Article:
I have to be honest here. Two posts back I wrote about my amazing adventurous years of traveling and how I’m so glad I’ve done it and blah blah blah. And that is true. But, what I didn’t mention, is that solo travel kind of sucks. It’s good in a way – I think it’s toughened me up and softened me and thickened my skin and rounded my edges and all of those things. It’s made me fiercely dependent on God because what else can you do when you end up in a foreign country all alone? And I’ve had some great times and met great people, but let me tell you something: my trip to Europe with my friend Allison and my trip to Israel with my sister Sarah were hands down my favorite travel experiences of my life. They were infinitely more enjoyable, and maybe even more meaningful. Why? Because it’s always about the people. And when I gazed on the Eiffel Tower for the first time as she lit up in the Parisian twilight, I had one of my best friends in the world next to me. When I danced on a boat on the Sea of Galilee, my sister was right there, celebrating our heritage with me.
The crappy part about traveling alone is that, really, you only get half the experience. It’s like light ice cream. Yeah, it’s still cold and sweet and pretty good, but it’s not the same as a scoop of creamy gelato on a freshly made waffle cone. Something about the texture is not quite right. And you don’t remember light ice cream. But I can still remember the Tiramisu gelato I ate in Florence three years ago. When you travel alone, you come back and all of the glorious things you’ve seen, all of the people you’ve met, the sensations you’ve experienced…they sit hidden in your heart and burning a hole in it. Everyone wants to see pictures when you get home, but after five shots they’re bored and want you to just jump back into the same stream of life everyone’s swimming in. You must pack away your memories on a little shelf and be content to take them out again sometimes when you’re alone, admiring them a little before putting them back in their dusty corners. But when you shared that experience with someone you love, with someone you still share life with, then the two of you can go into that little memory room every few months or years, and take out your favorites and hold them up to the light, exclaiming over their beauty just like you did when they were new.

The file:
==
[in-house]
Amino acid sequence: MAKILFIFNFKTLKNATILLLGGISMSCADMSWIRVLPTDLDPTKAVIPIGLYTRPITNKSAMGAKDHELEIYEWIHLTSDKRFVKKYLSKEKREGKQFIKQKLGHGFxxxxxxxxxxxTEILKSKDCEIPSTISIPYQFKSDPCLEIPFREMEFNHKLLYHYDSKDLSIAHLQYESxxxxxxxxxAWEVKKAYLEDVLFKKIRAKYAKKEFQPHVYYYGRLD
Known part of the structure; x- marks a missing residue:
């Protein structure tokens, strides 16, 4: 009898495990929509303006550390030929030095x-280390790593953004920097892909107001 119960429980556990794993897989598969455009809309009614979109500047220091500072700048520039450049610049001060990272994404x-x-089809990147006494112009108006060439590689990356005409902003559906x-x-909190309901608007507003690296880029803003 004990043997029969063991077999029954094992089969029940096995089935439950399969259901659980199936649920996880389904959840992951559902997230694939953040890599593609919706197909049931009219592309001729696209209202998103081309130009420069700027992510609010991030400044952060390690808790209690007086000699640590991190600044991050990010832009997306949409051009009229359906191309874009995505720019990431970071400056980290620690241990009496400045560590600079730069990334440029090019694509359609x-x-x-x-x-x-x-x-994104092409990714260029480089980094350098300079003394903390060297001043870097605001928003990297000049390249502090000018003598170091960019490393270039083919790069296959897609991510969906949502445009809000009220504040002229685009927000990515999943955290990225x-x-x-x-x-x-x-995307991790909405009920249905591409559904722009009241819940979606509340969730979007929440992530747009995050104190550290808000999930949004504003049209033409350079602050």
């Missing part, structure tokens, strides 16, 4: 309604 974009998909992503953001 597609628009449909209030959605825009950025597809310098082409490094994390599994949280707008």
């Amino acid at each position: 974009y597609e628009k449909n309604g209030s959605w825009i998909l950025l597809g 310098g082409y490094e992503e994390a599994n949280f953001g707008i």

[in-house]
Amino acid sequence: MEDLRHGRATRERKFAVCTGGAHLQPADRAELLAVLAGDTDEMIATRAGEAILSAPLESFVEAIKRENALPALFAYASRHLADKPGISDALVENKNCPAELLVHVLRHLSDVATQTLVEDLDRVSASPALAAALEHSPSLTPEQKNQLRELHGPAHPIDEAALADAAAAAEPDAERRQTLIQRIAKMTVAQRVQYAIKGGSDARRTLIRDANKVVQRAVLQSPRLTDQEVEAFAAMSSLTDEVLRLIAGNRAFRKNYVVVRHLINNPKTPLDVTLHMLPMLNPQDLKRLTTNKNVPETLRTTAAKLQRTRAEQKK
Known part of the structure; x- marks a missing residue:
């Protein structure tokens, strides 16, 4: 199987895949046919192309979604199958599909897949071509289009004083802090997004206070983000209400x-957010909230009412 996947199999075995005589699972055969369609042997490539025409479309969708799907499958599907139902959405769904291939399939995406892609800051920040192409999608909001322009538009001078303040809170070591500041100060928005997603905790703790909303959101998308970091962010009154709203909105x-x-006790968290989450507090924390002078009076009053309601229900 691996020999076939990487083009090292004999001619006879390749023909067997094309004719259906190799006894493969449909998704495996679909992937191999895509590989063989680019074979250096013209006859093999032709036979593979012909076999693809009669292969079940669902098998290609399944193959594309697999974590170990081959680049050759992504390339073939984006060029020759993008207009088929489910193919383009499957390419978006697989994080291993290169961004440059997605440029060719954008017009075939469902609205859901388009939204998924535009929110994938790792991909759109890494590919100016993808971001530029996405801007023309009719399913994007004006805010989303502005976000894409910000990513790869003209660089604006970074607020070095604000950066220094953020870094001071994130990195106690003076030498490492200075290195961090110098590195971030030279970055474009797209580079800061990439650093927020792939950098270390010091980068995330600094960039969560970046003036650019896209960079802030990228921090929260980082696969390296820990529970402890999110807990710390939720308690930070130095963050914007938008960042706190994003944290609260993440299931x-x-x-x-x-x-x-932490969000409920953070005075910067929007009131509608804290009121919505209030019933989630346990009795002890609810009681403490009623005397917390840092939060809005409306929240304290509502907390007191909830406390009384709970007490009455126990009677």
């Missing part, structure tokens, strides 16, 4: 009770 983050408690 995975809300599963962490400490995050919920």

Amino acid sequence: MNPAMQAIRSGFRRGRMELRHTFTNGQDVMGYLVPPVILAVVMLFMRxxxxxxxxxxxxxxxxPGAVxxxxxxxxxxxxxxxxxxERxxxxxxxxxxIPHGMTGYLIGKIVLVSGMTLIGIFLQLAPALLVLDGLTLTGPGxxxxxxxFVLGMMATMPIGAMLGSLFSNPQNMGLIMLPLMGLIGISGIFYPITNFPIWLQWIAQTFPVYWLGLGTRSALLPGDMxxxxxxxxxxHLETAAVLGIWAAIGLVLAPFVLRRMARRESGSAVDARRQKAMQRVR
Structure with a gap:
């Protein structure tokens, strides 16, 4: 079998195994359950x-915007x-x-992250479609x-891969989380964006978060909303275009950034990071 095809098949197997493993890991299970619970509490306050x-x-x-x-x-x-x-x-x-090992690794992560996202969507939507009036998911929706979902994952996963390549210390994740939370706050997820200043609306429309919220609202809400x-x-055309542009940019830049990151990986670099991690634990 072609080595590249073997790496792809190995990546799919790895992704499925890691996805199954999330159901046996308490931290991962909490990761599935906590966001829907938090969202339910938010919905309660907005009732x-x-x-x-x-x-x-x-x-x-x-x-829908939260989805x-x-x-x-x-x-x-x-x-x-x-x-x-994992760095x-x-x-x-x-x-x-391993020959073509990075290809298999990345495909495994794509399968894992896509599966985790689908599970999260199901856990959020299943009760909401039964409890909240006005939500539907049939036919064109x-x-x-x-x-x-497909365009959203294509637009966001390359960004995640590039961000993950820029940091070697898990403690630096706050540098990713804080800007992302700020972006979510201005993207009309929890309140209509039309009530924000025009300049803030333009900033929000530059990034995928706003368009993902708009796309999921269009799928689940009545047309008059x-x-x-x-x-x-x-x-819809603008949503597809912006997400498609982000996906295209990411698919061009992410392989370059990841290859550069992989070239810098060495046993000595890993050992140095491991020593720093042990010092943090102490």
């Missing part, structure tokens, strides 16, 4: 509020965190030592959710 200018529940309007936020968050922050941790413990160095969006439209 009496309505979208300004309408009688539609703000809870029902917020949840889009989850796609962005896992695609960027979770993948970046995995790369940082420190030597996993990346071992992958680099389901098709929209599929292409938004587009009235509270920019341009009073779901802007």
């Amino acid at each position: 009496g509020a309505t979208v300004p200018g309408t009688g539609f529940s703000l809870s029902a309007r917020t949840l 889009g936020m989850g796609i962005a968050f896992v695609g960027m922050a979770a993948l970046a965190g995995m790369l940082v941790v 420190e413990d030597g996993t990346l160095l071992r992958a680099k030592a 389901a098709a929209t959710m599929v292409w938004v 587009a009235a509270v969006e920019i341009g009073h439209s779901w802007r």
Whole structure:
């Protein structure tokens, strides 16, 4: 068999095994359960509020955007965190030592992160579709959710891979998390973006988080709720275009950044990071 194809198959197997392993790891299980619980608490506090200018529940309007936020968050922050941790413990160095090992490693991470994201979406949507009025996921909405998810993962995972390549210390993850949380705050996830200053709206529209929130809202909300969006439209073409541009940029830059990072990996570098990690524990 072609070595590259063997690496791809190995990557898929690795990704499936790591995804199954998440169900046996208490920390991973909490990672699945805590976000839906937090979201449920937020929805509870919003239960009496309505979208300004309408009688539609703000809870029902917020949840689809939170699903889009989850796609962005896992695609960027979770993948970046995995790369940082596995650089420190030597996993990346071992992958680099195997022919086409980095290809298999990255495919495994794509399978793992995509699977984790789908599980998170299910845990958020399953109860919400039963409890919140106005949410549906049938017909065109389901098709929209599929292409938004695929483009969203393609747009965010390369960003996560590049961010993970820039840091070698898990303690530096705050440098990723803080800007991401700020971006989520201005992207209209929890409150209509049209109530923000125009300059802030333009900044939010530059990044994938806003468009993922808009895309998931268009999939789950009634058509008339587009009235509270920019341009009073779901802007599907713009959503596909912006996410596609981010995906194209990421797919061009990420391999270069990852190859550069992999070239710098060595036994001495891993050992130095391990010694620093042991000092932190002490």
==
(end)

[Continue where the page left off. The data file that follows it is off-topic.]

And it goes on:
So yes, I’m thankful for all my opportunities to travel, but I don’t want to travel alone anymore. If you’re looking for a travel buddy, I’m your girl. And if you are a single, handsome, intelligent, funny, God-loving man who is looking for a travel buddy, let me know. Maybe we can work something out.